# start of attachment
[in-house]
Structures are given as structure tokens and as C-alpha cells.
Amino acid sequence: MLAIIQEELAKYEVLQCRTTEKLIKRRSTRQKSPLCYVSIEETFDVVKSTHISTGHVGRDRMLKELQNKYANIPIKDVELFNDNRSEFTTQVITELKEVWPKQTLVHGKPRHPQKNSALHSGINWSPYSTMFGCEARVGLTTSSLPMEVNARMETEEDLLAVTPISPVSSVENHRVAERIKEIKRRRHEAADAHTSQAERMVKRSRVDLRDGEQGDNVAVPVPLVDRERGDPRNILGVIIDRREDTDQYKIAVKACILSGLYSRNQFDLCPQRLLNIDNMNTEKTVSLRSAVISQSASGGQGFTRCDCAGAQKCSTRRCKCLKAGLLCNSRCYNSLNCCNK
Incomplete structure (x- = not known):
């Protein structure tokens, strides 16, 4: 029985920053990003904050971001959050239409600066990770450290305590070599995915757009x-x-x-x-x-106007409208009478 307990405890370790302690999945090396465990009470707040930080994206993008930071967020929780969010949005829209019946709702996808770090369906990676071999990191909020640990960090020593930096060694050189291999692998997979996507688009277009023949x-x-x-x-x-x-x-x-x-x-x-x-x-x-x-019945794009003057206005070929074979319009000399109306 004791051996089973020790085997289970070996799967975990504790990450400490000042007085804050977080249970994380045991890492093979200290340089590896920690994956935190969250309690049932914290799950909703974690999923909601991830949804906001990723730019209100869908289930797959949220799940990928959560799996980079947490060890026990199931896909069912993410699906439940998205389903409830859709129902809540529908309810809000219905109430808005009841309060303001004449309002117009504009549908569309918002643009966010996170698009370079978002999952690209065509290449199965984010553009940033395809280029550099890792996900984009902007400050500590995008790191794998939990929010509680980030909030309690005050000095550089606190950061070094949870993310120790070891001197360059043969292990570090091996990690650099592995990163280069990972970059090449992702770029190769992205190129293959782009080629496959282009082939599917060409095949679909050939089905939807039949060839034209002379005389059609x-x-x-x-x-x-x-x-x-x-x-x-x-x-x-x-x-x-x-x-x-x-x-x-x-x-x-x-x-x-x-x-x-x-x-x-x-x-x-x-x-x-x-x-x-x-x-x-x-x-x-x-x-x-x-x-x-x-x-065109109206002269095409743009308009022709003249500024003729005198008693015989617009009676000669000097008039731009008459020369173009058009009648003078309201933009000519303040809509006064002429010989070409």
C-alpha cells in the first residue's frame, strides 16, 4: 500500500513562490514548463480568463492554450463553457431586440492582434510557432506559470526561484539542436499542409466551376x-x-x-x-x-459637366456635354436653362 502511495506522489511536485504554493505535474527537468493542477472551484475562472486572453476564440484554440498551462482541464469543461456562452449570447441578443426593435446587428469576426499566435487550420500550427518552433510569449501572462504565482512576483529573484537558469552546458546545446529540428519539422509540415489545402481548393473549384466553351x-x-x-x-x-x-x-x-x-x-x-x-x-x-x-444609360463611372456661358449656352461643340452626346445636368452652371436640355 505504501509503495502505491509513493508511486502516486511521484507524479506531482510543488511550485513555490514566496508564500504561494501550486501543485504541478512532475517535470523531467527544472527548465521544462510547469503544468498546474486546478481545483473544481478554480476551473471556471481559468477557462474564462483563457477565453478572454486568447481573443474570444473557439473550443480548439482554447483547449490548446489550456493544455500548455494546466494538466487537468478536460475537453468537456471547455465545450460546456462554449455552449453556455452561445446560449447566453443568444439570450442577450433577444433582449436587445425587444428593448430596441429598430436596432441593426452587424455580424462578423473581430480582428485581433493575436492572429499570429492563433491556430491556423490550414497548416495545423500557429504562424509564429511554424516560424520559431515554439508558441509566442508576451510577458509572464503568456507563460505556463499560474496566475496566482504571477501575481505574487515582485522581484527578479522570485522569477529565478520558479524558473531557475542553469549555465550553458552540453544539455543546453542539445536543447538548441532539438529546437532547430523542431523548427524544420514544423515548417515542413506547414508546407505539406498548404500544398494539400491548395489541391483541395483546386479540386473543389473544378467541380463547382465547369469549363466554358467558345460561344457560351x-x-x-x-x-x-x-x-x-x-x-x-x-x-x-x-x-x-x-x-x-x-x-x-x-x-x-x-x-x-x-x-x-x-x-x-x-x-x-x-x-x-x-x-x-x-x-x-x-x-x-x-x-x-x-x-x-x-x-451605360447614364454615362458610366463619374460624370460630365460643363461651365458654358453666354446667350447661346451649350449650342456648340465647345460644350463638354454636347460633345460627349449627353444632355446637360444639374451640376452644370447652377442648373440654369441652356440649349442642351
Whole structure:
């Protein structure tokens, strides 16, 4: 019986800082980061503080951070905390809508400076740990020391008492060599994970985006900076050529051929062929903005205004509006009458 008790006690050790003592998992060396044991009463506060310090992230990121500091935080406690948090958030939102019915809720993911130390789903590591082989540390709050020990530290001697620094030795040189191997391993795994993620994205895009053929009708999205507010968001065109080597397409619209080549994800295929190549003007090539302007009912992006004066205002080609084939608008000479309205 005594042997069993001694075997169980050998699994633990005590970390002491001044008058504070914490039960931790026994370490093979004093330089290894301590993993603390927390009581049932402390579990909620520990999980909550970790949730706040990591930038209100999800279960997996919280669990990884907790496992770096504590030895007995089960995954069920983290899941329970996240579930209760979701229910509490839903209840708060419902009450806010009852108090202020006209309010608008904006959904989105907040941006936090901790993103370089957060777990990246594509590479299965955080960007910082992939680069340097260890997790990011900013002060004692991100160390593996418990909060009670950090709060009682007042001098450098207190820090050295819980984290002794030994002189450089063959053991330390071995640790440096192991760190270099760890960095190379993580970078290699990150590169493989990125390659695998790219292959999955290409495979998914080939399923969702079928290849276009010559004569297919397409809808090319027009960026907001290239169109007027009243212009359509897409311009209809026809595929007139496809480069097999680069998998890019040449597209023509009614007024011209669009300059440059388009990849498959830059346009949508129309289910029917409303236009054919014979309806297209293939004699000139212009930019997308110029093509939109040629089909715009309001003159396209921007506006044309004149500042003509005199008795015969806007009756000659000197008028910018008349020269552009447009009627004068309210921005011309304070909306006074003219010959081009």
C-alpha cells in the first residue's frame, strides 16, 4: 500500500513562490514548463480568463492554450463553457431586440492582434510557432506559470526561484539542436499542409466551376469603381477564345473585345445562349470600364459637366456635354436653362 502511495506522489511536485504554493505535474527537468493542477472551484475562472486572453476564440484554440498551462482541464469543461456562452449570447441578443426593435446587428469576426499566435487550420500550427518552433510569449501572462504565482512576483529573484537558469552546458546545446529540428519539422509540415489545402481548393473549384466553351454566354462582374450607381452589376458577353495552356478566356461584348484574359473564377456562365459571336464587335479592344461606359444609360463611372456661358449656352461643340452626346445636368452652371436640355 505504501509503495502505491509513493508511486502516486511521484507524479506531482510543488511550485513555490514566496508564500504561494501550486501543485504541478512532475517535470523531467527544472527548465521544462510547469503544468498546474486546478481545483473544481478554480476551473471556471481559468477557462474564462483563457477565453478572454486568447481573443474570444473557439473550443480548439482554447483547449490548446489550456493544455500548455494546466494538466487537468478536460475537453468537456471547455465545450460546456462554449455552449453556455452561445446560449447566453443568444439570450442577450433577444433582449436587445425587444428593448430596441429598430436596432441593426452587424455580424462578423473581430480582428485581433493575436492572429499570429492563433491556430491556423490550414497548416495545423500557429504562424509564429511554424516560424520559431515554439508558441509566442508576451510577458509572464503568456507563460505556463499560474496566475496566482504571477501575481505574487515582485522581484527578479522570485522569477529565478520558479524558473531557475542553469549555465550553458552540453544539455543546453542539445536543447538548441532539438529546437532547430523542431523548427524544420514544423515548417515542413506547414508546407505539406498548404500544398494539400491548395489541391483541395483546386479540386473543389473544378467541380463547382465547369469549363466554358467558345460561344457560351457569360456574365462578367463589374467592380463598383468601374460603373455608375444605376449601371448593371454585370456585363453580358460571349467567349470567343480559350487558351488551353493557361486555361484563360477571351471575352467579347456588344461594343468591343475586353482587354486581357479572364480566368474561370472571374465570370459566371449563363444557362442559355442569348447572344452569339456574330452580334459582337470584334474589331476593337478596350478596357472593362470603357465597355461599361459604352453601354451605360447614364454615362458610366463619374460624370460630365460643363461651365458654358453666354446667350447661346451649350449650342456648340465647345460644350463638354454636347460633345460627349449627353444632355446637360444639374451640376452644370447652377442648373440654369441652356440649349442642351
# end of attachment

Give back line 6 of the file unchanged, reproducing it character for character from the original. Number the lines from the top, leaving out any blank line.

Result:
C-alpha cells in the first residue's frame, strides 16, 4: 500500500513562490514548463480568463492554450463553457431586440492582434510557432506559470526561484539542436499542409466551376x-x-x-x-x-459637366456635354436653362 502511495506522489511536485504554493505535474527537468493542477472551484475562472486572453476564440484554440498551462482541464469543461456562452449570447441578443426593435446587428469576426499566435487550420500550427518552433510569449501572462504565482512576483529573484537558469552546458546545446529540428519539422509540415489545402481548393473549384466553351x-x-x-x-x-x-x-x-x-x-x-x-x-x-x-444609360463611372456661358449656352461643340452626346445636368452652371436640355 505504501509503495502505491509513493508511486502516486511521484507524479506531482510543488511550485513555490514566496508564500504561494501550486501543485504541478512532475517535470523531467527544472527548465521544462510547469503544468498546474486546478481545483473544481478554480476551473471556471481559468477557462474564462483563457477565453478572454486568447481573443474570444473557439473550443480548439482554447483547449490548446489550456493544455500548455494546466494538466487537468478536460475537453468537456471547455465545450460546456462554449455552449453556455452561445446560449447566453443568444439570450442577450433577444433582449436587445425587444428593448430596441429598430436596432441593426452587424455580424462578423473581430480582428485581433493575436492572429499570429492563433491556430491556423490550414497548416495545423500557429504562424509564429511554424516560424520559431515554439508558441509566442508576451510577458509572464503568456507563460505556463499560474496566475496566482504571477501575481505574487515582485522581484527578479522570485522569477529565478520558479524558473531557475542553469549555465550553458552540453544539455543546453542539445536543447538548441532539438529546437532547430523542431523548427524544420514544423515548417515542413506547414508546407505539406498548404500544398494539400491548395489541391483541395483546386479540386473543389473544378467541380463547382465547369469549363466554358467558345460561344457560351x-x-x-x-x-x-x-x-x-x-x-x-x-x-x-x-x-x-x-x-x-x-x-x-x-x-x-x-x-x-x-x-x-x-x-x-x-x-x-x-x-x-x-x-x-x-x-x-x-x-x-x-x-x-x-x-x-x-x-451605360447614364454615362458610366463619374460624370460630365460643363461651365458654358453666354446667350447661346451649350449650342456648340465647345460644350463638354454636347460633345460627349449627353444632355446637360444639374451640376452644370447652377442648373440654369441652356440649349442642351